Employees at Al-Corn Clean Fuel were still cleaning up on Monday, after a fermentation tank collapse Saturday spilled around 420,000 gallons of corn mash onto the plant floor.
Randall Doyal, CEO of Al-Corn Clean Fuel, said no one was injured in the incident, though a carbon steel tank with a capacity of about 250,000 gallons gave way in the early hours on New Year’s Day.
But that isn't the story. Al-Corn had already realized that the tank needed to be replaced, and applied for a permit from the MPCA to do so. They applied eight months ago.
“The ironic thing is we had identified this as an issue some time back and had applied for a permit for a new tank, and that had been held back,” said Doyal. “There’s actually a pair of tanks there that we have identified as needing to be replaced.”
Doyal said the plant had applied for a permit from the Minnesota Pollution Control Agency to get clearance to replace the 15- to 16-year-old carbon steel tank with a stainless steel tank, but that permit had not been granted until last Thursday — about eight months after Al-Corn had applied for the permit.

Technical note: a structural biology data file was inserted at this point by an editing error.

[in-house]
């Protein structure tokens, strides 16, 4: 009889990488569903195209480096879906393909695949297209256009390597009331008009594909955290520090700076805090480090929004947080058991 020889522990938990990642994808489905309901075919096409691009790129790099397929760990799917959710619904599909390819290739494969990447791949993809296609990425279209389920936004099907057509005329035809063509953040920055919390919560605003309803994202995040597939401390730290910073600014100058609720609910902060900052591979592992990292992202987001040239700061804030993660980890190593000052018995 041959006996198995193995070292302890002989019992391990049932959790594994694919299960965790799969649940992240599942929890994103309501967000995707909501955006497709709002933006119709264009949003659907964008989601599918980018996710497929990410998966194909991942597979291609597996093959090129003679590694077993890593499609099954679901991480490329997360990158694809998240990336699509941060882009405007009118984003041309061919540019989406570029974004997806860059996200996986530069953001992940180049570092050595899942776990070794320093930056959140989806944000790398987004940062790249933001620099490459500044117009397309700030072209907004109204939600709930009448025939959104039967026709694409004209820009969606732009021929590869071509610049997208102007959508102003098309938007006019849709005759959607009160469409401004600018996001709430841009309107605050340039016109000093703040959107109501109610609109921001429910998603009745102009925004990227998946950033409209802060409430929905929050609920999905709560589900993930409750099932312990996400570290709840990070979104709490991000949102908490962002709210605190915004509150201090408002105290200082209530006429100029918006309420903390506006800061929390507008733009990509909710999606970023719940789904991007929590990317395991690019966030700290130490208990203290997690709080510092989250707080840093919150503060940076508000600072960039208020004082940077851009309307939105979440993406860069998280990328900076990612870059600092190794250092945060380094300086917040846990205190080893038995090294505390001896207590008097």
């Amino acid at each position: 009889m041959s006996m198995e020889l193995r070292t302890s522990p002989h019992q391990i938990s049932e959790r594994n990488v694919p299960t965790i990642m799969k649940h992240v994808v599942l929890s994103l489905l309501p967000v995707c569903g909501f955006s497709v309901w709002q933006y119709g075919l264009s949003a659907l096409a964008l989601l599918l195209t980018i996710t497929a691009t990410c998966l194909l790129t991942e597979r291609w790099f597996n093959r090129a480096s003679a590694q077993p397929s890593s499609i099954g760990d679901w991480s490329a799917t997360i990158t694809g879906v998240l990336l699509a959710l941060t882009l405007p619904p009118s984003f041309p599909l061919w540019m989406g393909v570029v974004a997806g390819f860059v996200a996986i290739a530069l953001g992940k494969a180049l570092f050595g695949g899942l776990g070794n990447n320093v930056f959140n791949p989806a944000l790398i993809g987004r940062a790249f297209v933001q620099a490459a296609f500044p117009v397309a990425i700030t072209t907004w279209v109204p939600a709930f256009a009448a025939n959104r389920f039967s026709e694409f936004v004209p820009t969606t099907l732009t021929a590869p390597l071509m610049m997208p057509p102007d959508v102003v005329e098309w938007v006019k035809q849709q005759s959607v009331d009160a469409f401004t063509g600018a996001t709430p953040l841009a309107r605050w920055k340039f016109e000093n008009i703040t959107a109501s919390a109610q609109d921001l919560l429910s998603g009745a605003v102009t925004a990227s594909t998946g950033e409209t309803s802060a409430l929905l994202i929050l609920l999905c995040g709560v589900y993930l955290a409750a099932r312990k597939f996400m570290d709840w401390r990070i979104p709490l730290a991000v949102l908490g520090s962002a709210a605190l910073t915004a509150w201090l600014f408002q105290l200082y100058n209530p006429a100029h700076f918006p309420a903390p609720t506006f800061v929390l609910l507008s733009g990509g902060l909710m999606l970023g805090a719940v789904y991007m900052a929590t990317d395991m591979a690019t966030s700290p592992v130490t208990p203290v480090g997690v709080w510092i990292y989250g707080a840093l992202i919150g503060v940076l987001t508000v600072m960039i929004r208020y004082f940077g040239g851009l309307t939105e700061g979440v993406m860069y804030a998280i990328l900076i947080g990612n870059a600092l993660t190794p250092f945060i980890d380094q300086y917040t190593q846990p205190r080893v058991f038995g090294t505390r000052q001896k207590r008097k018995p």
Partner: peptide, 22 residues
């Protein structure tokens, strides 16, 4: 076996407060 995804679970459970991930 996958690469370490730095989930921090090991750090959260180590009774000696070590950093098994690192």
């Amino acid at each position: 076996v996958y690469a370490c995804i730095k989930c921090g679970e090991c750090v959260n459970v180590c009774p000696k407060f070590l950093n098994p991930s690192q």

Eight months to decide to issue a permit to replace one tank with another? And a Minnesota company forced to wait for a government agency in order to do what they knew had to be done.
In fact, the company already had the footing in place for a new tank, in order to replace that tank that collapsed Saturday. Al-Corn had initially arranged for construction crews to begin work in June or July. Doyal said while he would have expected such a permit to be approved in one day in Iowa, the MPCA determined that there was a change in the permit request, slowing down the process.
Thank God that no one was hurt, because if they had the MPCA could have been liable.
“We honestly think we were very blessed in that no one was injured. You can fix equipment all day. We’re just thankful that no one was hurt,” he said.
Nonetheless, Al-Corn now has the cost of clean-up, the overtime incurred, and the repairs to the building and facility to pay for, likely to run in the tens of thousands. This accident never should have happened, and the company never should have been forced to wait so long for a simple permit.
This is exactly the type job-killing regulation that the new Legislature needs to be identifying and removing from Minnesota law.